This is my response to the Ragtag Daily Prompt of 28 July 2018 — Reduce.

Next month has been designated Plastic-Free July.  People have been asked to give up single-use plastic for a month.  How great would it be if each of us could reduce our plastic use?  As you probably know, the spread of plastic waste across the world has reached crisis point.  Eventually it all seems to end up in our oceans.  I am determined to do my bit to reduce my use of plastic.  I’m pragmatic enough to accept that it will take time, but it is so important.  I have friends who are small-scale farmers that produce products that are vacuumed packed, but on the other hand, their on-farm practices are sustainable and low-impact.  It is a tricky issue.  Hopefully, we’ll be able to find a solution.  Click here for tips on reducing your use of single-use plastics.  BUT, and there is always a “but”, participants need to be mindful of the environmental impact of substituting one single-use material for another.

Australia’s major supermarkets will stop providing single-use plastic bags imminently.  Supermarkets will supply (for a small charge) re-usable thicker/stronger plastic bags or re-usable polypropylene bags.  Or you can bring your own bag.  Apparently, the stronger plastic bags need to be used at least four times to recoup the extra energy required to make the bags.  In my state, where we have had a single-use plastic bag ban since 2011, many people don’t re-use the tougher plastic bags.  The tougher bags just end up as a bin-liners.  If you use your own cotton bags, then you will have to use them 130 times to offset the environmental cost of their production.  Apparently jute bags are the best option if you can get hold of them.  For the pros and cons on alternative bags, click here.  If you can sew, you could re-purpose old clothes destined for the bin as shopping bags.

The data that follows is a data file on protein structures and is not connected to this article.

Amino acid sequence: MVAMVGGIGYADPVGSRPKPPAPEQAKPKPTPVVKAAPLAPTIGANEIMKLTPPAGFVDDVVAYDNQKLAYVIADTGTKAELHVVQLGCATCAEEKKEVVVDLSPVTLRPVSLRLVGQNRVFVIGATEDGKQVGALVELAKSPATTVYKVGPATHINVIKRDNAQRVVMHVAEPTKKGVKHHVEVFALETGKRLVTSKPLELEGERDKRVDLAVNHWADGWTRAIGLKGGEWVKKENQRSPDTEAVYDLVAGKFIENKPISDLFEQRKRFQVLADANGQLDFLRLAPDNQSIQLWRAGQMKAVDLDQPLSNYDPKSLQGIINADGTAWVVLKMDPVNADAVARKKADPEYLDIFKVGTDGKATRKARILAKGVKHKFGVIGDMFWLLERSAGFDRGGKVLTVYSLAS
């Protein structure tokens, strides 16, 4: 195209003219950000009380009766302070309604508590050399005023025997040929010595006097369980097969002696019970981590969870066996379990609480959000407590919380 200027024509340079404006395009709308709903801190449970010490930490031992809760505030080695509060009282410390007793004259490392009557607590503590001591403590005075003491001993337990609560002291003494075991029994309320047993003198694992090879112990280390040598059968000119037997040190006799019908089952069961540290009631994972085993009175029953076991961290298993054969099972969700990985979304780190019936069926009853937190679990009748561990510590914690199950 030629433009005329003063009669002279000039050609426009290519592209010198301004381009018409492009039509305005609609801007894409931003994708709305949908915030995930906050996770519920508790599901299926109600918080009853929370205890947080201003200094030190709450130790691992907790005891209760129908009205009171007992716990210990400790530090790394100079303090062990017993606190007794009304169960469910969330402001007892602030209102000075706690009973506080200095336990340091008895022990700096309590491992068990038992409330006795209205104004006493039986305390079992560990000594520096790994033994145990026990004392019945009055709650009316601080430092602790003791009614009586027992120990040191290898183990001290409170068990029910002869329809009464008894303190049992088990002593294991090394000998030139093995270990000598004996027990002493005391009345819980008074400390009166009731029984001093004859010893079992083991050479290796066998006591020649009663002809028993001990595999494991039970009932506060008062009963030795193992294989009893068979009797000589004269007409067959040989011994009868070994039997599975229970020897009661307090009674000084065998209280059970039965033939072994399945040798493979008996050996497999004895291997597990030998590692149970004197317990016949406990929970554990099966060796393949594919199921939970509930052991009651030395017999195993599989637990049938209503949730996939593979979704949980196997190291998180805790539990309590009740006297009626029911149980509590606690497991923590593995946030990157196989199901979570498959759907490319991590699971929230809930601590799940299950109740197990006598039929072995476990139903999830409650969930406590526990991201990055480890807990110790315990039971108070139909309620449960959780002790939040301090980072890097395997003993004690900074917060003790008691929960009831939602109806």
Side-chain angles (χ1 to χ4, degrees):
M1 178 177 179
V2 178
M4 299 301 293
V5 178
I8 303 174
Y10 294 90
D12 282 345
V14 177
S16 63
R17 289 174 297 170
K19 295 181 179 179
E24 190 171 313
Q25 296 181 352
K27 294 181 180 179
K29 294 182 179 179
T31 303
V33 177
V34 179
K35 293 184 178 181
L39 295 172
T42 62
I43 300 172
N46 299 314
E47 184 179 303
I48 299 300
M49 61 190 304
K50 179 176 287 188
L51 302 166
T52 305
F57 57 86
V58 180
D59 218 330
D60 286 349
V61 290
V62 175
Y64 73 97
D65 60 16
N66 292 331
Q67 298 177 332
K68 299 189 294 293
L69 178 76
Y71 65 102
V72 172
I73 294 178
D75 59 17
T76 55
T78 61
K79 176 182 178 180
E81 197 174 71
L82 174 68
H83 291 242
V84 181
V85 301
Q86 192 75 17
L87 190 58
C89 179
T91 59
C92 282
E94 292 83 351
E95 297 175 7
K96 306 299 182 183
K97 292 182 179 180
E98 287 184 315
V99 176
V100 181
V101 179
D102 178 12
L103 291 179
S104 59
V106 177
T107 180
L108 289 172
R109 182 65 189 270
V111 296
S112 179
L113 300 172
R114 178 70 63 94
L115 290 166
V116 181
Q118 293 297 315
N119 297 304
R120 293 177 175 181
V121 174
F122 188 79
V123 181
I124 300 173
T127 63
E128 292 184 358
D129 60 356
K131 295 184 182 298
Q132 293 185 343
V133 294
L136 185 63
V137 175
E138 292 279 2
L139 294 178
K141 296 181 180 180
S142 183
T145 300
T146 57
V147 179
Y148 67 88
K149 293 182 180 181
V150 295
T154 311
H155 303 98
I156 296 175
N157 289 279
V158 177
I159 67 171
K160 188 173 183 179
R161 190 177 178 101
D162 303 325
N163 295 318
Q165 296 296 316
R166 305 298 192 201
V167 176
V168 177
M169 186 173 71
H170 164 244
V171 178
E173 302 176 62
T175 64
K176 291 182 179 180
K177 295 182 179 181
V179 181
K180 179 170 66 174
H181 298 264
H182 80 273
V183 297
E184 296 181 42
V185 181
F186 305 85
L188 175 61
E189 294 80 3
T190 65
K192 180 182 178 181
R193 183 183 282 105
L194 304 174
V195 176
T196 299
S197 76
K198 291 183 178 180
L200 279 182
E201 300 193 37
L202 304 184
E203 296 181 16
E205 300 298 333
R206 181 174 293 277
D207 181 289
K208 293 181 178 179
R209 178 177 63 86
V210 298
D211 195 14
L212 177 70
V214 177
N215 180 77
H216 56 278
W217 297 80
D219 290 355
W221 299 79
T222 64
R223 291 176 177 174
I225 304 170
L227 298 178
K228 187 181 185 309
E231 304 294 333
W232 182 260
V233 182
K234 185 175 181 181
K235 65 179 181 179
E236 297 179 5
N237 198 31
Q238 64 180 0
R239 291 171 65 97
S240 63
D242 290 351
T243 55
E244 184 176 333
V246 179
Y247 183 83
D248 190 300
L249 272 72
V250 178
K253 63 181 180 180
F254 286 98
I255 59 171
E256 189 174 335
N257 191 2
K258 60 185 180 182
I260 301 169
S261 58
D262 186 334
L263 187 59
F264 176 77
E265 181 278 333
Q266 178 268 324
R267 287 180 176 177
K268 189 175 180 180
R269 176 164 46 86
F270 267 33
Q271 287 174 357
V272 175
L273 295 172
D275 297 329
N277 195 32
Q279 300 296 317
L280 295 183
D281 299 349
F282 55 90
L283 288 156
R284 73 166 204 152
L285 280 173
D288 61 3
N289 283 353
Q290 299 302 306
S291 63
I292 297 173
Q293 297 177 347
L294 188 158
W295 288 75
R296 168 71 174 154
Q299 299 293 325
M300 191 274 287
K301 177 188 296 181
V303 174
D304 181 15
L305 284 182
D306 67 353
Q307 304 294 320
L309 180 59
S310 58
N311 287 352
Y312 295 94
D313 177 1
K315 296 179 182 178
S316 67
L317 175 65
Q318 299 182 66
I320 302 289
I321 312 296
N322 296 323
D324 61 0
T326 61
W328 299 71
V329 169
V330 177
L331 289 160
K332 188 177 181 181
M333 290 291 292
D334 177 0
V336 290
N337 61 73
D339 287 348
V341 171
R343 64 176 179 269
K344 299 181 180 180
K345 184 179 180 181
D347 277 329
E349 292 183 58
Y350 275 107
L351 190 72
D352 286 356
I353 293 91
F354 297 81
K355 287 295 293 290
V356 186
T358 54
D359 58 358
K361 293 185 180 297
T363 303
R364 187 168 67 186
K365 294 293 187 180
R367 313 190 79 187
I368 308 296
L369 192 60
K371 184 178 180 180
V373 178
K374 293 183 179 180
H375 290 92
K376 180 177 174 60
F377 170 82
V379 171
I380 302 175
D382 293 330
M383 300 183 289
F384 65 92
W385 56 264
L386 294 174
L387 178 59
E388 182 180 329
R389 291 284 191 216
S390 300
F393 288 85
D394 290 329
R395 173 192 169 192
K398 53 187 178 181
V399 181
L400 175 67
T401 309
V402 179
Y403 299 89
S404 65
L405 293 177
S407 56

Changes Our Family Has Made So Far

Rather than thinking of giving up plastic as an impost, maybe consider it an opportunity to make friends.  I re-use take-away plastic containers at the deli.  It’s a talking point.  Make sure to do it when other customers are about, then they can see what is possible too.  My children have been taking their own containers and used plastic bags when they get take-away.  They are well known by the proprietors of the places they frequent.  Maybe you could wash your milkshake container that you got from Maccas, and on your next visit ask them to re-fill it.  Sometimes you just need to be creative.  And what if I forget my bags or my containers?  Well that is tough for me.  I go without.  You learn pretty quickly that way.

We gave up on our butcher because he uses the plastic bag to handle the meat before putting it in our container.  Might as well just turn the bag inside out and use that.  I plan to donate several pairs of tongs to him so he doesn’t need to use a bag.  Novel, eh?  The man that we buy our apples from at the local market usually packs the apples in plastic bags, but we have convinced him to keep some loose ones aside for us.  And Walter, our dog treat supplier, is going to investigate buying the dog treats we like in bulk to avoid the packaging.  Onya Walter.  Where there is a will, there is a way.  You only have to ask.